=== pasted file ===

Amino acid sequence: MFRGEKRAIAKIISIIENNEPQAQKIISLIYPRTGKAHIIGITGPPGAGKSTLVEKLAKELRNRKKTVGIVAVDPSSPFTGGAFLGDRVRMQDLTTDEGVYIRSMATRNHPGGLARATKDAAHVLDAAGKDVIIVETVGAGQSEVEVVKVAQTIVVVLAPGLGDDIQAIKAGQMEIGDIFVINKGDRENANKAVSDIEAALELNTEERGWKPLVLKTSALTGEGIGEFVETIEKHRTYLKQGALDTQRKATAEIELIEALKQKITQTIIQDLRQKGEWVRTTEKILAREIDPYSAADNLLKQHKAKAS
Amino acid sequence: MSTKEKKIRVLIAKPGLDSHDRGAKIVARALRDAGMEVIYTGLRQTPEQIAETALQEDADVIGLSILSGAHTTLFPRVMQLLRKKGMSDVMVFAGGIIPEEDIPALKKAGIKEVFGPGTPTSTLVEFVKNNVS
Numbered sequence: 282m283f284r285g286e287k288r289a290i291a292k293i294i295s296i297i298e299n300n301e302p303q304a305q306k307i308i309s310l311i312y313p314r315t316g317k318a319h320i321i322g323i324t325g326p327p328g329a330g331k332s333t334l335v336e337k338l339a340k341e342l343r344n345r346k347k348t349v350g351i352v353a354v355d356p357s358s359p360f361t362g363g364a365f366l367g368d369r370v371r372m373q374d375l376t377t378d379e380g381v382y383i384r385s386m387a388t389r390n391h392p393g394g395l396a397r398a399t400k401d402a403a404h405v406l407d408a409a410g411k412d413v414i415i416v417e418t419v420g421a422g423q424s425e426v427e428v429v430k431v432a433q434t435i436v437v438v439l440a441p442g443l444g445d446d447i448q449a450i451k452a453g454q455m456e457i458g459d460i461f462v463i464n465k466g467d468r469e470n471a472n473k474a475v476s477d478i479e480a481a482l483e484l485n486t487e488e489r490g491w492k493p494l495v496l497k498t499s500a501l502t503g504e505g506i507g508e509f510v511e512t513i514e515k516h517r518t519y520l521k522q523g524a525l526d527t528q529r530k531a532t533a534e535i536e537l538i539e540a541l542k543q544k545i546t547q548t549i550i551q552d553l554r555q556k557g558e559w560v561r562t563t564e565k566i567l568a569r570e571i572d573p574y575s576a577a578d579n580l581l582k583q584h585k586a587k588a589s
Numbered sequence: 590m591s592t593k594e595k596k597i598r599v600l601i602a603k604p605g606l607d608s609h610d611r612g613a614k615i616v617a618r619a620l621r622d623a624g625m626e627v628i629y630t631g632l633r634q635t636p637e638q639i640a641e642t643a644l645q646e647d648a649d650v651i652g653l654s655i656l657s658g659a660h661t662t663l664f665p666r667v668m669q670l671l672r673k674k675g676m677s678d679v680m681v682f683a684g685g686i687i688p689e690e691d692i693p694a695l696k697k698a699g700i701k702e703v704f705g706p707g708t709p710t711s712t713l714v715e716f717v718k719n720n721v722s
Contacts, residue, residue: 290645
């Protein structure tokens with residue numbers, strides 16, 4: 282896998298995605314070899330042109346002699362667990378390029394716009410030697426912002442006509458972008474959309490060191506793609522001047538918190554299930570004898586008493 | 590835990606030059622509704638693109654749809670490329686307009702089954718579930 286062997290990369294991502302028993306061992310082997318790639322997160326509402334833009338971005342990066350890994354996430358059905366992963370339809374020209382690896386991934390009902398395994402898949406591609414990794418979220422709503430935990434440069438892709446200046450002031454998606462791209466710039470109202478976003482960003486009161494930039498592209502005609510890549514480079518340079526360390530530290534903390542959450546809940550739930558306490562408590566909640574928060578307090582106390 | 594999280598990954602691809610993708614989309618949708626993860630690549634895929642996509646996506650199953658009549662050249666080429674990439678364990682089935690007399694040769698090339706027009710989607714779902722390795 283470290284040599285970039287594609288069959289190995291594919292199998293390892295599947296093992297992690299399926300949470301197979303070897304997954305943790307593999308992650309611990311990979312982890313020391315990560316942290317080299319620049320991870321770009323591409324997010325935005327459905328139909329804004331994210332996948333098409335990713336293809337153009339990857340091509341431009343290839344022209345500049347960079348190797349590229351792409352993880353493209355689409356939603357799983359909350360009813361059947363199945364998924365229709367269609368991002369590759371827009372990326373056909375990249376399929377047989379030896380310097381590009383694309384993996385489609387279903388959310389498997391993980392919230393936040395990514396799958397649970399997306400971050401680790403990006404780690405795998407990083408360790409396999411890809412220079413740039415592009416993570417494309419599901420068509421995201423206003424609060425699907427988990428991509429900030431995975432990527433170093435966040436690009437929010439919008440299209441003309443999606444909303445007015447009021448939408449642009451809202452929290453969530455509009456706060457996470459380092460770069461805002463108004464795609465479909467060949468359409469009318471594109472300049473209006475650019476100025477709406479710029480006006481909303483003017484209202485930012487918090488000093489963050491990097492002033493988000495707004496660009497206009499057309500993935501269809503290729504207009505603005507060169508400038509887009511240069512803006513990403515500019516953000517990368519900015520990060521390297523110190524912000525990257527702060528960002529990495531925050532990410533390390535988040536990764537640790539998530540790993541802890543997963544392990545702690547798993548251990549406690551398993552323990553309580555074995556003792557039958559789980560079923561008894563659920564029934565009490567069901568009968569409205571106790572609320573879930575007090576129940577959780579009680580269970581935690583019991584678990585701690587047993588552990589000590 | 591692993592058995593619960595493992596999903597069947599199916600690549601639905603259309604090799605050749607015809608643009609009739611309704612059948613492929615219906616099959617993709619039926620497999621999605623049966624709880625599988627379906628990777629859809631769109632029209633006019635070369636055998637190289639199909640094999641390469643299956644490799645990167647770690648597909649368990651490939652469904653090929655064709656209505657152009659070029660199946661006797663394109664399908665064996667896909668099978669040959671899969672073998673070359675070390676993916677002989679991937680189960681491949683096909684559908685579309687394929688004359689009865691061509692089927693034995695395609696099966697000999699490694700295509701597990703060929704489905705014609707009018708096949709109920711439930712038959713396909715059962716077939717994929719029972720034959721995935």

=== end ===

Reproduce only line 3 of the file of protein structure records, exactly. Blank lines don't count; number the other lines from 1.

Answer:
Numbered sequence: 282m283f284r285g286e287k288r289a290i291a292k293i294i295s296i297i298e299n300n301e302p303q304a305q306k307i308i309s310l311i312y313p314r315t316g317k318a319h320i321i322g323i324t325g326p327p328g329a330g331k332s333t334l335v336e337k338l339a340k341e342l343r344n345r346k347k348t349v350g351i352v353a354v355d356p357s358s359p360f361t362g363g364a365f366l367g368d369r370v371r372m373q374d375l376t377t378d379e380g381v382y383i384r385s386m387a388t389r390n391h392p393g394g395l396a397r398a399t400k401d402a403a404h405v406l407d408a409a410g411k412d413v414i415i416v417e418t419v420g421a422g423q424s425e426v427e428v429v430k431v432a433q434t435i436v437v438v439l440a441p442g443l444g445d446d447i448q449a450i451k452a453g454q455m456e457i458g459d460i461f462v463i464n465k466g467d468r469e470n471a472n473k474a475v476s477d478i479e480a481a482l483e484l485n486t487e488e489r490g491w492k493p494l495v496l497k498t499s500a501l502t503g504e505g506i507g508e509f510v511e512t513i514e515k516h517r518t519y520l521k522q523g524a525l526d527t528q529r530k531a532t533a534e535i536e537l538i539e540a541l542k543q544k545i546t547q548t549i550i551q552d553l554r555q556k557g558e559w560v561r562t563t564e565k566i567l568a569r570e571i572d573p574y575s576a577a578d579n580l581l582k583q584h585k586a587k588a589s